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ASMR (autonomous sensory meridian response)

Contributor(s): Ivy Wigmore

Autonomic sensory meridian response (ASMR) is a tingling sensation that some people experience when exposed to particular types of auditory or visual stimuli such as whispering, tapping and slow movements. Some people also experience the phenomenon during haircuts, massages or other situations involving close attention to the head or body. Others may be triggered by watching someone else engaged in a task such as sketching a portrait or assembling a puzzle.

The sensation, generally described as pleasant, manifests as a tingle that may begin at the scalp and run down the neck and spine and possibly down the limbs as well. Proponents of ASMR report psychological benefits such as relaxation and improved mood, as well as temporarily relief of stress, insomnia, depression and pain. Many users also report improvements to concentration and attention, possibly because the experience reduces vulnerability to intrusive thoughts. ASMR is related to the capacity for achieving a flow state. Those who enter flow states more easily are more likely to experience ASMR, and those who use ASMR content regularly may also become more capable of achieving flow.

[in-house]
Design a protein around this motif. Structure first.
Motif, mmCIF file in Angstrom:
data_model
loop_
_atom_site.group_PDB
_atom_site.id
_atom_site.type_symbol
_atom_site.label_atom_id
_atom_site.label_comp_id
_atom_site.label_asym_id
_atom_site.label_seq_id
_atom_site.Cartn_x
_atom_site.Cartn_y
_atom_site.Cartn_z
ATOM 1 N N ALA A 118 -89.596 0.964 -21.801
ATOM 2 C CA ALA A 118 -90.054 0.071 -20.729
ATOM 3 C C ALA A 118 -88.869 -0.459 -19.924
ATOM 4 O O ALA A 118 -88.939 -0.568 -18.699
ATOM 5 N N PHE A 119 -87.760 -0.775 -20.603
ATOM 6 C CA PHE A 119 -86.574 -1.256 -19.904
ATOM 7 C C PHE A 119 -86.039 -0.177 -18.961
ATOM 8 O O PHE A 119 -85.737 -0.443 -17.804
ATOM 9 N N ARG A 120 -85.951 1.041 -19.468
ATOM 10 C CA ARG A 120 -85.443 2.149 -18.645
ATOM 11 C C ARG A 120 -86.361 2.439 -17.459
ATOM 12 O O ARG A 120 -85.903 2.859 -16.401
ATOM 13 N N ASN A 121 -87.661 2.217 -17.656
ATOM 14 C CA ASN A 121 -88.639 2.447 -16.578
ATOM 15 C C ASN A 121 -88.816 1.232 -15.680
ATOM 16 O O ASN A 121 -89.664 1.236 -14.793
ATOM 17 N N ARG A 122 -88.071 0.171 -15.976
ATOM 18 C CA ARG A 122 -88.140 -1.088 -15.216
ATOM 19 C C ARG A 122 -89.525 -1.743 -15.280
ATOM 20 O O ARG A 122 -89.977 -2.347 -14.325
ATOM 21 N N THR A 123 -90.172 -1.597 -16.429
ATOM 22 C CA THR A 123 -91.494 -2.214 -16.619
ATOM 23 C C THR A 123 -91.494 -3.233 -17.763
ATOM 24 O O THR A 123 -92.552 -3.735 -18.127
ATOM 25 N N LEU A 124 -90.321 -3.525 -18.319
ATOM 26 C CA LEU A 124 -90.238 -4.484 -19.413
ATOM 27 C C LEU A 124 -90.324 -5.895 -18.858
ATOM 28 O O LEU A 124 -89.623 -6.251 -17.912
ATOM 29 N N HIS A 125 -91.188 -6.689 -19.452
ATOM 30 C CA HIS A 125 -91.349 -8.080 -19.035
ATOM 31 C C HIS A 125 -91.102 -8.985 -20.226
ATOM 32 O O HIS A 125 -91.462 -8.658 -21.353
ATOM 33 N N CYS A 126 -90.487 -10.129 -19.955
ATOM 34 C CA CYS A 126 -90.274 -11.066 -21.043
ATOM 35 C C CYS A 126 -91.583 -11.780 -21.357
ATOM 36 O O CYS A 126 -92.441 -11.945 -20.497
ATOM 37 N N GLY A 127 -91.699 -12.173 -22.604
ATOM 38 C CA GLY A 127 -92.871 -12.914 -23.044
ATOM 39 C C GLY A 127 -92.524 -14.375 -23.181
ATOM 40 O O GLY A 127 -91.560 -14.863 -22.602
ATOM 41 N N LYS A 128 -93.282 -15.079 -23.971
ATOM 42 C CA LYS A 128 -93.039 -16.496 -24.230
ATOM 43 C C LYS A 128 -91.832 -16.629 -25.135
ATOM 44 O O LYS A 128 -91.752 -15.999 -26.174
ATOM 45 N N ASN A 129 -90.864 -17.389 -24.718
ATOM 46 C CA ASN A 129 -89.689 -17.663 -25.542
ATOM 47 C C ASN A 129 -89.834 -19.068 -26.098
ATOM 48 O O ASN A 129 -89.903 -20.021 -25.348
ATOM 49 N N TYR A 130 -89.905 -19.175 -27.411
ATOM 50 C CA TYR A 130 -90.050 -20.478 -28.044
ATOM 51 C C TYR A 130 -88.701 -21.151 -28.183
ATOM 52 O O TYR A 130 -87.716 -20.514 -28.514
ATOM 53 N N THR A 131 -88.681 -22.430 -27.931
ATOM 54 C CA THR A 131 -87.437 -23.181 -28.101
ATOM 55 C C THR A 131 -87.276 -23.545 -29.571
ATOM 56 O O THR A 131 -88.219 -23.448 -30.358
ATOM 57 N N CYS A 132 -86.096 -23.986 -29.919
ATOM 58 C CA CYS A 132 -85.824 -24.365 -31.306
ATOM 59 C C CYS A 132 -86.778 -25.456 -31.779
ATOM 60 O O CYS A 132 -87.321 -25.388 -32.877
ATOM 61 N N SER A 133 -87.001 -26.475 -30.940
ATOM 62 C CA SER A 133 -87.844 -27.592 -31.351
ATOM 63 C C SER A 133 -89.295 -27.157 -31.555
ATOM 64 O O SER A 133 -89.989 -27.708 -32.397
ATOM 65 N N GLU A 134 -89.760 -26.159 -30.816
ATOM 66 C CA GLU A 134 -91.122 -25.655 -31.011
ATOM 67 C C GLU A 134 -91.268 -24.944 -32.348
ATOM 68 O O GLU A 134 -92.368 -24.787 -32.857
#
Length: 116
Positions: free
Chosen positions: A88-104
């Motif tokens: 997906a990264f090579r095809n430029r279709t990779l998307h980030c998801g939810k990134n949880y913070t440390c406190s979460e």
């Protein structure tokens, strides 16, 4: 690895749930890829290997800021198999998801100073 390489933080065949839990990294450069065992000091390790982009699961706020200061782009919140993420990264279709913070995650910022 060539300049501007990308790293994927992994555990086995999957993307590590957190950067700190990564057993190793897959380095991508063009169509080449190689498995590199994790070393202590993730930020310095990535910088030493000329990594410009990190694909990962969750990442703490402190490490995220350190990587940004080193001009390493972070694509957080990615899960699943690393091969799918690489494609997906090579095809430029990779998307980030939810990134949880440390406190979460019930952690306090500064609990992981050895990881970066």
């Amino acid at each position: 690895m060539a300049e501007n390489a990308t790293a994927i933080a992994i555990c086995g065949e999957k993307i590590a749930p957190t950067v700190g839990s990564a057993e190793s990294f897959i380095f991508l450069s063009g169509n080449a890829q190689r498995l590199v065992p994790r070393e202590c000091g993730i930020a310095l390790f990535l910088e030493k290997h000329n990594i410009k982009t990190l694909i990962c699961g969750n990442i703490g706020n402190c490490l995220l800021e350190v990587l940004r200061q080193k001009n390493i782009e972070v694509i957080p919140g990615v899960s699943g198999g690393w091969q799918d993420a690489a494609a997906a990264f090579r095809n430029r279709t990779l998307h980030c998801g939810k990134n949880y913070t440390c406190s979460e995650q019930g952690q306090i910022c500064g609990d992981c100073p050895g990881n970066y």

YouTube features a large and growing number of ASMR channels. As with other digital audito experiences, headphones are recommended for best effect. Most ASMR videos are audio/visual but the audio portion is often sufficient to produce results.

Here are a few examples of ASMR content on YouTube:

Someone wrapping gifts: Cutting paper, crinkling tinsel, using tape, whispering about the process.

Bob Ross painting tutorials.

A massage therapist treating a client and describing what she’s doing in a very soft voice.

A man with a Scottish accent grooming a dog.

See also: brain hacking

This was last updated in December 2018

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